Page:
Gold Dome Report — Budget Hearings, Day 2

Nelson Mullins Riley & Scarborough LLP

Amidst a transition of power in our nation's Capital, the Georgia General Assembly continued its review of Governor Kemp’s budget recommendations for FY 2021 Amended and FY 2022. The focus for much of the day was on safety for our state and the costs to provide such safety, including the fiscal needs of the Departments of Corrections, Juvenile Justice, and Public Safety, as well as the state’s courts. Lawmakers continue to delve into the impact of the COVID-19 pandemic and the effects of the virus on Georgia’s agencies. Appropriations Committee Chairmen Blake Tillery (R-Vidalia) and Terry England (R-Auburn) oversaw the discussions and questioned department heads regarding the various changes and priorities. More on these discussions in today’s #GoldDomeReport.

In today’s Report:

  • IN DEPTH: Criminal Justice & Judicial Agency Presentations

IN DEPTH: Criminal Justice & Judicial Agency Presentations

Department of Corrections
Department of Corrections Commissioner Timothy Ward indicated that his agency had worked diligently to address potential outbreaks of COVID-19. The Department has deployed Binax rapid tests and put processes into place for symptomatic and asymptomatic offenders, screening hospital pre-procedure and hospital pre-outside consult visits. Commissioner Ward indicated that this is to avoid transports of COVID positive offenders as well as notify the receiving provider if the individual is negative. Additionally, the Department has established a process for vaccinating individuals and has entered into Phase 1 for the offenders who are over the age of 65 — they have identified 1,198 offenders who are this age and have also pre-identified individuals who have chronic conditions and are to be provided vaccine priority according to CDC and Public Health guidance.

Commissioner Ward also talked about his agency’s success in educating offenders. In FY 2021, the Department had 558 GED graduates and another 10,642 completed career and technical certifications. An additional 25 completed their high school diplomas. In preparation for releasing offenders, in FY 2021 year to date, 29,355 have received driver’s licenses and/or state identifications. Three of the Department’s facilities are dedicated to evidence-based programming: Lee State Prison, Hancock State Prison and Metro Re-entry Facility.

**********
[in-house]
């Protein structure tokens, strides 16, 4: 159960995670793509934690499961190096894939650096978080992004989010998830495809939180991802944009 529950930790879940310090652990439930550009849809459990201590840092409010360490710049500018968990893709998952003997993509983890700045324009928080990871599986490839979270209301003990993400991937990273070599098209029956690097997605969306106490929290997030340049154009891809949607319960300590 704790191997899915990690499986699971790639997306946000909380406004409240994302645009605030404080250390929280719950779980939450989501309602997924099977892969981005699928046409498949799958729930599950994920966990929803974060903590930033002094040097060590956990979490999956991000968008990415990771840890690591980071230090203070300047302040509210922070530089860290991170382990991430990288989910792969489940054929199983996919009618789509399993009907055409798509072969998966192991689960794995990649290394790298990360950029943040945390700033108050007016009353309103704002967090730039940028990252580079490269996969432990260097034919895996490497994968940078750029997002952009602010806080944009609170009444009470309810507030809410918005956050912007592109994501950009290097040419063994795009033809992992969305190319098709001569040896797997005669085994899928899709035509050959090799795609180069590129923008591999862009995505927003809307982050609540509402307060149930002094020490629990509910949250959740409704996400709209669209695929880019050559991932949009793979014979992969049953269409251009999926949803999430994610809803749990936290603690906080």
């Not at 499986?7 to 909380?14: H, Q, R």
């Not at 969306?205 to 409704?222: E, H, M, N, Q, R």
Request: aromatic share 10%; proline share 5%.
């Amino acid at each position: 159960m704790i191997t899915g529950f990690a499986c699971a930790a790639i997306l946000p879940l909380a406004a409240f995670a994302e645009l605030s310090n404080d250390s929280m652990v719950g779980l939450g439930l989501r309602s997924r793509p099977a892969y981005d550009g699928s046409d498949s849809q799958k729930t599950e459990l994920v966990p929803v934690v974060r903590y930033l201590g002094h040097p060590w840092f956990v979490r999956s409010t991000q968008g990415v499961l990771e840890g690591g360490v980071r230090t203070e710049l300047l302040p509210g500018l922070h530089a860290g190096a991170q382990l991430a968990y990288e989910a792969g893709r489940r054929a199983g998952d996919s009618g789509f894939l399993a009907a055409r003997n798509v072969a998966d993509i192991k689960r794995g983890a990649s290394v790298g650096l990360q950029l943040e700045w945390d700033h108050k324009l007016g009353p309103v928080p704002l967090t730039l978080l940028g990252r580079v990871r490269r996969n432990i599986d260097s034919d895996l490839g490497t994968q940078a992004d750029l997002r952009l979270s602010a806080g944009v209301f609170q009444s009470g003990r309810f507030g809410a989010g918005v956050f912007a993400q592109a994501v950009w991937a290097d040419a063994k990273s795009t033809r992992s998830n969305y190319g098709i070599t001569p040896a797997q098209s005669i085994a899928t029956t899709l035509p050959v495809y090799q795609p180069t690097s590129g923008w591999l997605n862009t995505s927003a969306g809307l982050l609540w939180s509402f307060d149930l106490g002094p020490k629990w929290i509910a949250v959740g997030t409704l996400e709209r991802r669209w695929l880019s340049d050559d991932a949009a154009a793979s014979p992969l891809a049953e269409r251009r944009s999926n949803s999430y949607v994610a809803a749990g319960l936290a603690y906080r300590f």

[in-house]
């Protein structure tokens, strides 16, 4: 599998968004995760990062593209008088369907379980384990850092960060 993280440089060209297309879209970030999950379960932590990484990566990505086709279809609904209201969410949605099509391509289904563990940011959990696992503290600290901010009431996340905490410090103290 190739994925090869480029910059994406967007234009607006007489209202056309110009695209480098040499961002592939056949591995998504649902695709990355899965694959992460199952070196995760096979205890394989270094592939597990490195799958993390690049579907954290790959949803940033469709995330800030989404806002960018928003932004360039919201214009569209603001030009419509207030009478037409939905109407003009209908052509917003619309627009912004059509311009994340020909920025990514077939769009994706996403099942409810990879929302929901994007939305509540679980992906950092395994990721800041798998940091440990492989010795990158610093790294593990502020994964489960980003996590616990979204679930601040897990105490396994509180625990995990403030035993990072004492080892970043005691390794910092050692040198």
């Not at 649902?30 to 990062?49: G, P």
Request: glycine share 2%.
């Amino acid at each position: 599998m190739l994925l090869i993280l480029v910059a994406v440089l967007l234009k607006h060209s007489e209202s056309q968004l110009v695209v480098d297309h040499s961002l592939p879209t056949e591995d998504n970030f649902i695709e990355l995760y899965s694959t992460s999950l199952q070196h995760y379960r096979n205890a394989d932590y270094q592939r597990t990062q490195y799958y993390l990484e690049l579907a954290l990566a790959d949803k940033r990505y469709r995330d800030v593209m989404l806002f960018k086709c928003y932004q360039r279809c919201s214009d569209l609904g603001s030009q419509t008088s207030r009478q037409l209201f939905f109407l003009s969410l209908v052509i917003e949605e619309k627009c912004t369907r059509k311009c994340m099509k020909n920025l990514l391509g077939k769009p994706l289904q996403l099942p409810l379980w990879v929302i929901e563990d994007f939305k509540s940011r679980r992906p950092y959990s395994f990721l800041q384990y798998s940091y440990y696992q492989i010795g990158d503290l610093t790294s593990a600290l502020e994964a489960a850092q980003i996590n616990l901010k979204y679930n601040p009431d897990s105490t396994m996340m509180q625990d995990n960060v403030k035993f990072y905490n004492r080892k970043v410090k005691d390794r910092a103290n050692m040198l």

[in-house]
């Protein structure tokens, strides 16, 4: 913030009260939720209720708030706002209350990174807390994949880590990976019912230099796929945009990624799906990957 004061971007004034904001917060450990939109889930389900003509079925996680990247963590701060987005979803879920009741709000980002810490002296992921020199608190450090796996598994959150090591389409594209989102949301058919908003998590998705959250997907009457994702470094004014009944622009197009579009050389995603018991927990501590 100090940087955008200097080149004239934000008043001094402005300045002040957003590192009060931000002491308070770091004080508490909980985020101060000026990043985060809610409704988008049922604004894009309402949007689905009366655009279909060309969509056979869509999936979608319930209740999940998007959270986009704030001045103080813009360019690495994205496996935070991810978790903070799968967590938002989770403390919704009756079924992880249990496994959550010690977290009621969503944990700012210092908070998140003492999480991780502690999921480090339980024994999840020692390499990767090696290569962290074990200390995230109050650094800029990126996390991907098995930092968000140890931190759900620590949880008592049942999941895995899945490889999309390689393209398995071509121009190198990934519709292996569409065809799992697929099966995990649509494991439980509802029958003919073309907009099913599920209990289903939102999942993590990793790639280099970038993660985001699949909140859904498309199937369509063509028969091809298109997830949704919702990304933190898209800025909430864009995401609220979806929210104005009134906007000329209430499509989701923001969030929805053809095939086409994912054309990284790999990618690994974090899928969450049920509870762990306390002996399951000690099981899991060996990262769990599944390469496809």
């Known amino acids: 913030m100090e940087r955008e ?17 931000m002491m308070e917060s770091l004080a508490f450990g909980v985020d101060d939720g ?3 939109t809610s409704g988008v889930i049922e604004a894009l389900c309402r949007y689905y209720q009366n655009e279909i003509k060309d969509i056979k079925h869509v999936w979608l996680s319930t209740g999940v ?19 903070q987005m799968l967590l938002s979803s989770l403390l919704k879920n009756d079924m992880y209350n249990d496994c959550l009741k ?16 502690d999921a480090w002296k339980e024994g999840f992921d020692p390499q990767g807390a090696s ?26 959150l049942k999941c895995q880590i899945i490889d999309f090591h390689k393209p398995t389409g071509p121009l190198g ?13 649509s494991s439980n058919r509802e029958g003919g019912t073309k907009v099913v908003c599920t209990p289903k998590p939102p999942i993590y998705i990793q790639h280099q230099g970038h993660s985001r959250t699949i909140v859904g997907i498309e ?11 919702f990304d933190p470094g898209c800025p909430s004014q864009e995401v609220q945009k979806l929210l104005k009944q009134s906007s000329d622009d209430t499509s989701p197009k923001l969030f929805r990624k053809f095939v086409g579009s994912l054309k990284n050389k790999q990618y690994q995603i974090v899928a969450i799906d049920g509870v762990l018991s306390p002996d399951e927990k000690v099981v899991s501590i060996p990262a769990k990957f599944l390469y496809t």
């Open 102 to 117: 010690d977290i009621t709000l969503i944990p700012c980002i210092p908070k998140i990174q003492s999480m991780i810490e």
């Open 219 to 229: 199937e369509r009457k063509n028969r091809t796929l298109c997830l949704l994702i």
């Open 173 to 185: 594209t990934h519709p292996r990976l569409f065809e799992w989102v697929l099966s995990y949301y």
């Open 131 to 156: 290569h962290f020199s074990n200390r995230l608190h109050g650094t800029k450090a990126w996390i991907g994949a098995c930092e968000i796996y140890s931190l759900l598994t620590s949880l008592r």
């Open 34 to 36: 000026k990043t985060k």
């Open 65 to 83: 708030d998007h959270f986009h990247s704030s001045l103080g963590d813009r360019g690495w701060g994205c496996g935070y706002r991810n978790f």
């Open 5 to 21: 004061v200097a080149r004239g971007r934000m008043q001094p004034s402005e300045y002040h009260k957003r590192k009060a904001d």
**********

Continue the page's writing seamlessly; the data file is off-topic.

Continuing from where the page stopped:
The Department has experienced added healthcare costs this year, and these costs have consistently increased over the last five years. In an effort to address the rising costs, the Department hired a consultant to look further at the costs and needs. It is in the process of re-bidding its pharmacy services and has been using 340B pharmacy provisions in an effort to trim costs, and it does use generic drugs. The actual physical health services are managed by ASMP but a new request for proposal has been issued earlier this month for the goal of transition by September 2021 (overseeing hospital and other healthcare providers). Mental health needs continue for the Department and it is working to expand access to mental health services across its secure facilities and reduce offender transportation and movement. Additionally, it is seeking to improve response to mental health crises by utilizing programs and services on site. The Department has also required 24-hour mandatory mental health training for all facility staff. Mental health population for the Department in FY 2020 was 10,389. Mental health expansions are occurring with 75 added beds in Long and Wilcox facilities (these follow added expansions in a number of other facilities across the state in FY 2020.

Commissioner Ward noted that use of technology had benefited the Department, particularly with virtual court hearings. He accented the use of these in arraignments, habeas, and plea/sentencing in particular. There are future technology updates planned including a pilot for digitizing hand-written information from traditional logbooks, count sheets and other reports. He also mentioned added technology to screen folks for contraband, which continues to plague the facilities. Many of Georgia’s prisons are old — the lifespan of a facility though is generally around 30 years. Georgia has three facilities in use which are more than 70 years old.

In total, the recommendation request for FY 2021 is $3.3 million — included in that is the 10 percent salary increase for staff. He noted that the beginning pay for a correctional officer would be increased to $30,730. There are also bond funds included in the FY 2022 proposal of more than $45.5 million to help with emergency repairs, security upgrades and overall improvements.

Department of Juvenile Justice
Commissioner Tyrone Oliver presented his budget for the Department of Juvenile Justice. Oliver noted that the DJJ has 25 secure facilities across Georgia and an additional 90 community service programs. It also operates the state’s 181st school district.

In his COVID-19 update, he noted that 413 staff had tested positive with 321 who have recovered; 121 youth have tested positive and out of those 108 have recovered and an additional 13 are positive now. The Department is also using Binax tests for staff and youth.